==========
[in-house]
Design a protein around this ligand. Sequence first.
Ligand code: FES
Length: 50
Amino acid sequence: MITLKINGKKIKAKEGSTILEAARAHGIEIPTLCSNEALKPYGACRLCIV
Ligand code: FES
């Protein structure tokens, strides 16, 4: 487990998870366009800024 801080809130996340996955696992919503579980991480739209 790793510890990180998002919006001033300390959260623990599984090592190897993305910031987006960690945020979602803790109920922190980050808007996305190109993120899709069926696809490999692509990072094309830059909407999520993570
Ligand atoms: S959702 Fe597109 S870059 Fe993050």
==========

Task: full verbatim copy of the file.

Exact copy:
[in-house]
Design a protein around this ligand. Sequence first.
Ligand code: FES
Length: 50
Amino acid sequence: MITLKINGKKIKAKEGSTILEAARAHGIEIPTLCSNEALKPYGACRLCIV
Ligand code: FES
């Protein structure tokens, strides 16, 4: 487990998870366009800024 801080809130996340996955696992919503579980991480739209 790793510890990180998002919006001033300390959260623990599984090592190897993305910031987006960690945020979602803790109920922190980050808007996305190109993120899709069926696809490999692509990072094309830059909407999520993570
Ligand atoms: S959702 Fe597109 S870059 Fe993050």